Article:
It is a basic principle of the Illinois Workers’ Compensation Act that when calculating an average weekly wage for a petitioner who has concurrent employment, and the respondent employer has knowledge of such employment prior to the injury, his wages from all such employers shall be considered as if earned from the employer liable for compensation. In other words, if a petitioner had a second job, and the employer was aware of that job, then we calculate the average weekly wage using his wages from all employers. The question is how far courts will take the concept of “concurrent employment”.
The Illinois Supreme Court was given the opportunity to address this question in the case of Flynn v. Industrial Commission, 211 2d. 546, 813 N.E.2d 119, 286 Ill.Dec. 62 (2004). In that case, the petitioner worked as an asphalt driver from early Spring through November or December for 17 years. In the off season, the petitioner would work odd jobs. During one of these odd jobs (blowing snow for the local township), the petitioner suffered a severe injury. A dispute arose as to whether to include the wages from the petitioner’s asphalt driving position or to only calculate the wages he earned blowing snow for the township.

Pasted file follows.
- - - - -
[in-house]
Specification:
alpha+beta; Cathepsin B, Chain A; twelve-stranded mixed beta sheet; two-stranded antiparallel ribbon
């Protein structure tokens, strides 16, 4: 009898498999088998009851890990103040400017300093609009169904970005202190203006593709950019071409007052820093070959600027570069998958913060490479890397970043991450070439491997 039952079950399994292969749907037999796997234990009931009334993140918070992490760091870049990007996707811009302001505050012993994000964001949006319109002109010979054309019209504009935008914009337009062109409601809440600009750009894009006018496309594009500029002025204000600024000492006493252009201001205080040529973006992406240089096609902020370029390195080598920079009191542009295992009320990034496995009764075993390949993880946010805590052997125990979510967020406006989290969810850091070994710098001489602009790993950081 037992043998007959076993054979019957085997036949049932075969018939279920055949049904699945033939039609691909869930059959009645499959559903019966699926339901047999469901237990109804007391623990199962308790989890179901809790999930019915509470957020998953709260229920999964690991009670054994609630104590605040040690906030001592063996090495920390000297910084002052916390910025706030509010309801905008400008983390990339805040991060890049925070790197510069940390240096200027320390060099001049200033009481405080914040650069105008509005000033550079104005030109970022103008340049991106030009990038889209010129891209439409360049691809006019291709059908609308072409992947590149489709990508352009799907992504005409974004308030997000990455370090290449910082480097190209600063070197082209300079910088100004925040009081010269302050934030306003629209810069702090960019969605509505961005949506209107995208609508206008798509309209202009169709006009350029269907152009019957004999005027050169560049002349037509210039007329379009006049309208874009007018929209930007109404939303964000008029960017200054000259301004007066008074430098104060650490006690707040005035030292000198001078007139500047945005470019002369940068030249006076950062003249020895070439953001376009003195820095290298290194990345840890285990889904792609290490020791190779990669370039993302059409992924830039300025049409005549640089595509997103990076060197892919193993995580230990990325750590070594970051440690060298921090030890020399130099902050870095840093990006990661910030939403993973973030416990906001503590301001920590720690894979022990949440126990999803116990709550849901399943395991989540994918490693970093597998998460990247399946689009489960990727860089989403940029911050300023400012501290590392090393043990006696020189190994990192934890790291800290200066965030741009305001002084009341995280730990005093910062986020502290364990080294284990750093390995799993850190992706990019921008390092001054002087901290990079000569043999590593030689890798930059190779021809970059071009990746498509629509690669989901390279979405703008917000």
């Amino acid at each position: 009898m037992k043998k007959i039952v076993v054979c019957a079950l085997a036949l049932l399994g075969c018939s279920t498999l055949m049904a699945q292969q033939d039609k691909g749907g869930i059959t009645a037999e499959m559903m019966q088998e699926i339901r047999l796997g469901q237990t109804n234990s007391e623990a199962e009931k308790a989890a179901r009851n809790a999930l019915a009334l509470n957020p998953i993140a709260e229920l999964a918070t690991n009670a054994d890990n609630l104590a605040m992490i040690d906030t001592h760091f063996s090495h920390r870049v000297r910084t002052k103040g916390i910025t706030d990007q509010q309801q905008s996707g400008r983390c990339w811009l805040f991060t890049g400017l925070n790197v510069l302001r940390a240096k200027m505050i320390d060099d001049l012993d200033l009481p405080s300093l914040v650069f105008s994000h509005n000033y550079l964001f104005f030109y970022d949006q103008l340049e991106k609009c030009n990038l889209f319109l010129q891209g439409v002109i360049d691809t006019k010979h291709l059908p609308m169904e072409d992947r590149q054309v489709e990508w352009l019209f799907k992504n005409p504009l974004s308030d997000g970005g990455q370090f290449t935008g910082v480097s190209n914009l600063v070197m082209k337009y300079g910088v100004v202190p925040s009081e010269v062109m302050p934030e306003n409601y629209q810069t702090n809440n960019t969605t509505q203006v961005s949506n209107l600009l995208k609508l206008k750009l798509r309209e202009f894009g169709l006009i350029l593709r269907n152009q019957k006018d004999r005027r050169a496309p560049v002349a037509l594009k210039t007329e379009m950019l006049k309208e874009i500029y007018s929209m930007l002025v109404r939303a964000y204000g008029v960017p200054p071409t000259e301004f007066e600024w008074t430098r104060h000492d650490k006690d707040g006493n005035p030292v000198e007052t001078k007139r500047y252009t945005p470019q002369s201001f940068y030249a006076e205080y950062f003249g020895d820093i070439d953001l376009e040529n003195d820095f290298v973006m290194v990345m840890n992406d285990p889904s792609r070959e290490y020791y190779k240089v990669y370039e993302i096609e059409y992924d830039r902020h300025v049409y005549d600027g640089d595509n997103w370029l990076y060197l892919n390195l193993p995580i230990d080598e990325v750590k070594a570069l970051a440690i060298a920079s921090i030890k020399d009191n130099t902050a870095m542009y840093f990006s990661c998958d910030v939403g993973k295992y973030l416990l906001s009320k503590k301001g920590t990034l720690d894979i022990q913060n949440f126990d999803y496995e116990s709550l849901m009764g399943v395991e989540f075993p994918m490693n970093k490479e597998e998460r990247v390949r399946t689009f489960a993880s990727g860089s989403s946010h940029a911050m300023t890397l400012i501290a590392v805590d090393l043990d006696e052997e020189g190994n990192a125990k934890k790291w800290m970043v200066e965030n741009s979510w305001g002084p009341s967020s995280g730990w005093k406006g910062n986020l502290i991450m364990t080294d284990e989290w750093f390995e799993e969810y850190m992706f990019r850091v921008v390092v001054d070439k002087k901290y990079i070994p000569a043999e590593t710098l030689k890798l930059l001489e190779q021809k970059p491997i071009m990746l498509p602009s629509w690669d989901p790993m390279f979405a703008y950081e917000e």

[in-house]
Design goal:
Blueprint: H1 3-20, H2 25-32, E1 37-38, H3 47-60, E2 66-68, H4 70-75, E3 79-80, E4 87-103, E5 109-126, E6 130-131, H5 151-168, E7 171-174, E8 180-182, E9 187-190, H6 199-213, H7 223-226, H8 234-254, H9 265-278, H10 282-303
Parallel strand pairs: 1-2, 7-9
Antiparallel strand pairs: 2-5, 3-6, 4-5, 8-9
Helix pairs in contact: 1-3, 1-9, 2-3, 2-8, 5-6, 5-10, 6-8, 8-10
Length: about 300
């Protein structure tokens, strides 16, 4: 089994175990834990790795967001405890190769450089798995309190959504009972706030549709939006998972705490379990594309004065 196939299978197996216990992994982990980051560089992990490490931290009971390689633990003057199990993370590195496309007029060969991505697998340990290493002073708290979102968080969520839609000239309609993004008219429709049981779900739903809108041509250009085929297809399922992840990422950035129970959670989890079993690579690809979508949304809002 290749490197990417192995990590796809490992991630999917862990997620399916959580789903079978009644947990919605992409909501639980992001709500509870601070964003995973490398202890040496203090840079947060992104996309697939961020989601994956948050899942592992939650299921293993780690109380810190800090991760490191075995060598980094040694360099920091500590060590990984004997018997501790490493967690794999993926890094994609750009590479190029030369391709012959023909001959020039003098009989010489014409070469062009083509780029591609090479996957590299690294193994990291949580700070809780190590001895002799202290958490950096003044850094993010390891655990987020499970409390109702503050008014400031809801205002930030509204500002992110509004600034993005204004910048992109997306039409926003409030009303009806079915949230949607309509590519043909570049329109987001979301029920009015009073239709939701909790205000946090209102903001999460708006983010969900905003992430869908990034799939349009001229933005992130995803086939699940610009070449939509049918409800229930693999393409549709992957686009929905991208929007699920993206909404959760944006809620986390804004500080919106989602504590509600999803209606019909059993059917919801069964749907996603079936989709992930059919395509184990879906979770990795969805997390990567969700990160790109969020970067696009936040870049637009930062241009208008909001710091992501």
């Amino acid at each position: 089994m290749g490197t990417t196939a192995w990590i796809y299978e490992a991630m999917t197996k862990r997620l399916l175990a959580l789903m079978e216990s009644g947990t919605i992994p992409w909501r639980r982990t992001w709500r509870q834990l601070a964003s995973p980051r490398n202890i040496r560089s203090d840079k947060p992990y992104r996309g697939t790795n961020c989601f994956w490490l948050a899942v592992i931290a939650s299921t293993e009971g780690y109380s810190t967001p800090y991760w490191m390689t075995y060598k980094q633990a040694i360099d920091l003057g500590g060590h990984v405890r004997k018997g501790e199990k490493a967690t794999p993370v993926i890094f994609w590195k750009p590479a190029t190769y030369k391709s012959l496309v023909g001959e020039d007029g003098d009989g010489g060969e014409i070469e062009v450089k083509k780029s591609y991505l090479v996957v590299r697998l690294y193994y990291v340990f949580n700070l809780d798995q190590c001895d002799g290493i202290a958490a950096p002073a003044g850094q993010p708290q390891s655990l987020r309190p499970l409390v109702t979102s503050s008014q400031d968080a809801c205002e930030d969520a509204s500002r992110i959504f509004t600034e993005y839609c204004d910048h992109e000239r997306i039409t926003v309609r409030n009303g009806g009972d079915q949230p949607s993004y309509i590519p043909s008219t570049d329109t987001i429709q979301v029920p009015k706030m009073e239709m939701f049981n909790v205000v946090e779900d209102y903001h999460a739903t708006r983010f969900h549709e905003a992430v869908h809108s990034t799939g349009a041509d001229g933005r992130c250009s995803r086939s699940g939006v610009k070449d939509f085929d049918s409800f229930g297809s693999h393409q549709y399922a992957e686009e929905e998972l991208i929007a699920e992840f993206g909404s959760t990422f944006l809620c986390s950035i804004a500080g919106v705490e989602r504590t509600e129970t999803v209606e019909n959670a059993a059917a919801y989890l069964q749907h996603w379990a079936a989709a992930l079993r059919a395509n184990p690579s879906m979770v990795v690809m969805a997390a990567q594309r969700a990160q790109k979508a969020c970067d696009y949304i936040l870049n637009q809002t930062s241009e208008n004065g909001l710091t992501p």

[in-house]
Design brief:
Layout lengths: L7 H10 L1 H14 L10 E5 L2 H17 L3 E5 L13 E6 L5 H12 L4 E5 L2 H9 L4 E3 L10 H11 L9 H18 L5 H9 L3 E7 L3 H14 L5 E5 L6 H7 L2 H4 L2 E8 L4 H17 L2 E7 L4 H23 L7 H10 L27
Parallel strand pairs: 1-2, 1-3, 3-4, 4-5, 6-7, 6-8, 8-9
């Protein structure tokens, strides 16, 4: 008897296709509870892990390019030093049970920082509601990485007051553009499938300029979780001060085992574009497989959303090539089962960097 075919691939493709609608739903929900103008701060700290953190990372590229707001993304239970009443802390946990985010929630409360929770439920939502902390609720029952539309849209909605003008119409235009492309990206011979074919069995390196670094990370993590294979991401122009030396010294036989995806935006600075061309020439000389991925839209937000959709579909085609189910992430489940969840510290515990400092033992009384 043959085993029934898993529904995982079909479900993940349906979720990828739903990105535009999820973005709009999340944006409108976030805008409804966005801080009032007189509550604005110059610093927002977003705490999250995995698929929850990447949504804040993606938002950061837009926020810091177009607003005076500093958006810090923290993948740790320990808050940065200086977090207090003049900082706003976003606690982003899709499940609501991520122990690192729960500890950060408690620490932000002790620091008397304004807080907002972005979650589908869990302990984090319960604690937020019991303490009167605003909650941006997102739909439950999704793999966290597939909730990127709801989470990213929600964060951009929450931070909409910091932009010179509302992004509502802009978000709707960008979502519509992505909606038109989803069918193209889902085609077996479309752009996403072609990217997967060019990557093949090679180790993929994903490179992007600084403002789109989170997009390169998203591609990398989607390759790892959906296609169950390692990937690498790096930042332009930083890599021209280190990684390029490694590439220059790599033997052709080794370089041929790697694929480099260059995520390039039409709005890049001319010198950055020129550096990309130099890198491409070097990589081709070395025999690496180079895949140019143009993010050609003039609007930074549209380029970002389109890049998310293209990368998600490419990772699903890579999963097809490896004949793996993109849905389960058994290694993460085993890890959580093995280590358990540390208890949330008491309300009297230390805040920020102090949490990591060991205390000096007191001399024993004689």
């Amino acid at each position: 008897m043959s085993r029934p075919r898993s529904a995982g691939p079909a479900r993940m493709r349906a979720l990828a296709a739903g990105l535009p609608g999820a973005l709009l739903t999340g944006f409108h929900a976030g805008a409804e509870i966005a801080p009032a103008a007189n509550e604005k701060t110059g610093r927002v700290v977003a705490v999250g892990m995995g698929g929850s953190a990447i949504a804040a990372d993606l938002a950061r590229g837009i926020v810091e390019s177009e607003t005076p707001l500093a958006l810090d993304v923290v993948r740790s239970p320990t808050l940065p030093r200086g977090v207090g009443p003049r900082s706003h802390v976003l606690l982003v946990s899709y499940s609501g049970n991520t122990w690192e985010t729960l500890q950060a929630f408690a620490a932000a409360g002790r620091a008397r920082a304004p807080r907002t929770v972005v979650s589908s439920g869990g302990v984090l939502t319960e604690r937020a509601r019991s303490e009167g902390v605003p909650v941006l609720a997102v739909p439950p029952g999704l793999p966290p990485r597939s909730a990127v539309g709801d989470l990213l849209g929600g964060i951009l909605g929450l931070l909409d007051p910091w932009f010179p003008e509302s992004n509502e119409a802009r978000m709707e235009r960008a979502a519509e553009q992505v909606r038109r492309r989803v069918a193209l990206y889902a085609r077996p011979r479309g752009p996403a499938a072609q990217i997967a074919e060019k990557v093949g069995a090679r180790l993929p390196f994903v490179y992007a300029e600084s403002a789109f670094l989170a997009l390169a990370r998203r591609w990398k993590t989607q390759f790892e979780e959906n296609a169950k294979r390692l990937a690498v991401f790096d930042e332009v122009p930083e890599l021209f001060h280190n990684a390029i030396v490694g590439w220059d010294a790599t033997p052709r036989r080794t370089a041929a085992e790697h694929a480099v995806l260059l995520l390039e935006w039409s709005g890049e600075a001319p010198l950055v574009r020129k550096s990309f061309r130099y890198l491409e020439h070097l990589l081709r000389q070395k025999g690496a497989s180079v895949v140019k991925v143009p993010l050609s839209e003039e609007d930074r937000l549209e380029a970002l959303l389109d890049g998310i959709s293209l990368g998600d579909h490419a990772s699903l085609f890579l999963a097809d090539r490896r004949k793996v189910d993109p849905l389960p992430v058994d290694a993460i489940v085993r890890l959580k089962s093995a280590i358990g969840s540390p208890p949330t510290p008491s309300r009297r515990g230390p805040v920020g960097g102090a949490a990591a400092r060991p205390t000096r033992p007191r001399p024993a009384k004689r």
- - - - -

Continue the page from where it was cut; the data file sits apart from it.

Initially, the Court noted that despite being laid off from his position driving an asphalt truck, he had a long and consistent history of rehire as had been the case the prior 17 years. The Court found that his employment relationship was not wholly severed such that his earnings from the employment became irrelevant to the prediction of his lost future earnings and that his employment relationship with the asphalt company remained sufficiently intact such that the claimant’s past earning experience remains a valid predictor of future earning loss. Finally, the Court found that his AWW must include his earnings as an asphalt driver and for the position for which he was currently doing.
It is clear that the Supreme Court took an expansive view of the term “concurrent employment.” This provides some historical context for the rationale of the Appellate Court in the recent decision ABF Freight. The Court in Flynn did not give any additional direction to what it means when it stated that the “employment relationship remained sufficiently intact such that claimant’s past earning experience remains a valid predictor of future earning loss,” but the disagreement will turn into a factual dispute regarding the concurrent employment. In any event, Employers should heed this advice: Be aware of your employees’ work activity – all of it! – as you may end up paying for more than what you think you’re bargaining for.
Thanks to I&F attorney Frank Johnston for the reminder and update. Frank works out of the Champaign office and is a member of the Champaign County Bar Association, Vermilion County Bar Association, and a founding member of the Young Lawyers Network and Champaign County Young Lawyers division. He has presented topics to the Champaign and Vermilion County Bar Associations.